[EM] Burlington Vermont repeals IRV 52% to 48%

Raph Frank raphfrk at gmail.com
Sun Mar 7 15:26:52 PST 2010

On Sat, Mar 6, 2010 at 8:31 PM, robert bristow-johnson
<rbj at audioimagination.com> wrote:
> i don't get it.  just because the party i most identify with proffers 6
> candidates (as does two or three other parties) doesn't mean that i, as a
> independently-minded voter, care if all of those candidates are elected.  if
> i "approve" of *all* of those candidates, it's only because of blind party
> affiliation.

Actually, my statement that you should always approve six isn't correct.

As I said, the strategy should be based on approving those who you
prefer to the expected 6th place candidate and your favourite of the
6th and 7th most popular candidate.

If there are more than six candidates who you prefer to the expected
6th place candidates, then you should cast all six.

The six candidates you should pick are the 6 who are most likely to
end up in 6th place.

This is assuming that your are voting as a pure individual.

> but what if there is *one* (or maybe two) of those candidates that i take an
> affirmative interest in seeing elected?  that is, i would really like to see
> that one candidate elected more than i would want to see any other
> candidate, including those others in my party that i *might* have tepid
> approval for.  i know that, even being in the same party, those other
> candidates *are* effectively running against the candidate i like.  it's not
> just the candidate from the other parties that are running against my
> preferred candidate.  voting for *any* other candidate (by me or by any
> other voter) independently of the party that other candidate is from,
> reduces the likelihood of my preferred candidate getting elected.

It comes down to personal vs party power.  Is it more important that
party X wins or do the legislators have more freedom.

In fact, you could look at it like a deal between you are the other
party supports to support each other's candidates.

Btw, is it normal under that system for 1 or other party to take all seats?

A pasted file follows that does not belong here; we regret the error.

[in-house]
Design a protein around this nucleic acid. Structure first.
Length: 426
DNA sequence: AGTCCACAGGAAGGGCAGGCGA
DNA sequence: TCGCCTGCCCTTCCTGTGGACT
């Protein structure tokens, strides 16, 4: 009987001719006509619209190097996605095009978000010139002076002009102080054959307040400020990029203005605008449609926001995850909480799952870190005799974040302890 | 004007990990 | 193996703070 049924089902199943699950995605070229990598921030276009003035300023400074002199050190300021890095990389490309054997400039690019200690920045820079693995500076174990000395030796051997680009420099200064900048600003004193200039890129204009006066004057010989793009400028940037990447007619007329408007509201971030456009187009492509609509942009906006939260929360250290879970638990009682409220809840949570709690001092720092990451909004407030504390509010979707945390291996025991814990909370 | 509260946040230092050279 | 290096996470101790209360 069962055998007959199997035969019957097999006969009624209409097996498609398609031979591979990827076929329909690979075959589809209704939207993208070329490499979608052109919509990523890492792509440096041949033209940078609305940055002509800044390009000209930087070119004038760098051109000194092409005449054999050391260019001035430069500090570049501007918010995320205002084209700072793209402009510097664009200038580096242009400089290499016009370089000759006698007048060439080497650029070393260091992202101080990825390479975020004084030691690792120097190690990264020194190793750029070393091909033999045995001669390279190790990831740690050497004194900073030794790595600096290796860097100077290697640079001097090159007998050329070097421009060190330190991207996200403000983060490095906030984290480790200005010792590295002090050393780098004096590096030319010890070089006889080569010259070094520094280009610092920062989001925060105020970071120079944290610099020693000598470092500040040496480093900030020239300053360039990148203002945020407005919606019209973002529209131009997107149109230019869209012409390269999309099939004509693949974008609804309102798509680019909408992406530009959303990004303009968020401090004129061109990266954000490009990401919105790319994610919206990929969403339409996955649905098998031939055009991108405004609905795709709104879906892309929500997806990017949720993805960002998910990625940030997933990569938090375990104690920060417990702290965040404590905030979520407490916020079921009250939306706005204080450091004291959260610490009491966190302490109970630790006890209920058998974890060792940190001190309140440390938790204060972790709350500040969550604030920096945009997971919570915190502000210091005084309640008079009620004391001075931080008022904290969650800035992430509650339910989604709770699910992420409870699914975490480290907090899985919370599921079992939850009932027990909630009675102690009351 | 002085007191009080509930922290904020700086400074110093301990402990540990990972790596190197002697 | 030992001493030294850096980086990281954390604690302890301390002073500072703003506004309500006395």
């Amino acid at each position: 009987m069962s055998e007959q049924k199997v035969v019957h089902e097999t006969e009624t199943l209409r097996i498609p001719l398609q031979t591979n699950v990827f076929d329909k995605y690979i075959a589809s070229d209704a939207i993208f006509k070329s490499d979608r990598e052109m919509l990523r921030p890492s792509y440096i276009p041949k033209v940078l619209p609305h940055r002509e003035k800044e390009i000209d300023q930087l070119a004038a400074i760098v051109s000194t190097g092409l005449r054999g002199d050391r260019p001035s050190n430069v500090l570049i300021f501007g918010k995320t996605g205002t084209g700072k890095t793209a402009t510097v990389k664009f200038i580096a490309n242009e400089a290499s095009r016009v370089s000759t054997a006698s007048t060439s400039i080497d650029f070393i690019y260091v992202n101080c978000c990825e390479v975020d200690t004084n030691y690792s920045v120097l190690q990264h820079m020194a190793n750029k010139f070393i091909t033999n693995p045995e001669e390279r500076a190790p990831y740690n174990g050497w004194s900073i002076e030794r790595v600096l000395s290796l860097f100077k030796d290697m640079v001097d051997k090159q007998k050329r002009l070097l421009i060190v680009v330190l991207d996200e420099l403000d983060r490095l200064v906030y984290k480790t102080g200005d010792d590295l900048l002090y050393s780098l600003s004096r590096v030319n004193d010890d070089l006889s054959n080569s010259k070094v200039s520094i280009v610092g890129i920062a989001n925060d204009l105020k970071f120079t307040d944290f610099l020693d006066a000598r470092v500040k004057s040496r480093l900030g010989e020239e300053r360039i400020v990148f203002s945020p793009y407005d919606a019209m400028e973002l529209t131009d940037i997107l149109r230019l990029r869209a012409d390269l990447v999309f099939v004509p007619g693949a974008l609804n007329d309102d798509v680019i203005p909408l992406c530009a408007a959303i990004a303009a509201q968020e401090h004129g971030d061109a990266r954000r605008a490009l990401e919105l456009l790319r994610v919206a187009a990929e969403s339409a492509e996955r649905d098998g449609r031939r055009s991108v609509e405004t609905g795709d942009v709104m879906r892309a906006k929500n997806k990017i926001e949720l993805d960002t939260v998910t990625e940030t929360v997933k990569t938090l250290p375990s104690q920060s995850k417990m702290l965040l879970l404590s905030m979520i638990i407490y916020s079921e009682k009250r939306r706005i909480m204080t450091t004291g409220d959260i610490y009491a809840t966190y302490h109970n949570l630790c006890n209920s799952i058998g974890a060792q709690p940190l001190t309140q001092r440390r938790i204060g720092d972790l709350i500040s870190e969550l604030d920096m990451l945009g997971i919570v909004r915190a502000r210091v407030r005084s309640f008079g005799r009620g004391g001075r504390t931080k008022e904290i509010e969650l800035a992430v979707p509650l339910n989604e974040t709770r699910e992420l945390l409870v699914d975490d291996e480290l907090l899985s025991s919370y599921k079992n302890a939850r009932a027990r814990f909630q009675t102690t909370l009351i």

> i actually think that, even in a multi-winner election, that Condorcet
> ordering of the candidates could make sense (with the top 6 preferred
> candidates elected).  of course there is a problem if there is a cycle that
> is transected by the cutoff boundary of the top 6 who get elected and those
> lower who do not.  i am not seriously proposing actually implementing this
> without some serious study, and a good method (perhaps Ranked Pairs or
> Schulze) would be needed to deal with a cycle that crosses the win/lose
> boundary.

This will elect a centerist legislature.

I think a mixed legislature with say 2/3 elected by PR and 1/3 elected
could be reasonable at combining stability and representation.

> that said, Approval voting requires more strategy from me than just ranking
> candidates in my preferred order.  whether it's a single or multi-winner
> election, i really think that the ranked ballot is the simplest way to
> extract necessary information from voters, without expecting too much from
> voters (which is what Range or Score voting does).

The theory is that in most approval elections, all you need to know is
who are the top-2.  As long as you only vote for 1 or other of them,
then your vote will almost certainly be effective.  However, it stops
3rd party candidates from losing before the campaign even begins.

More information about the Election-Methods mailing list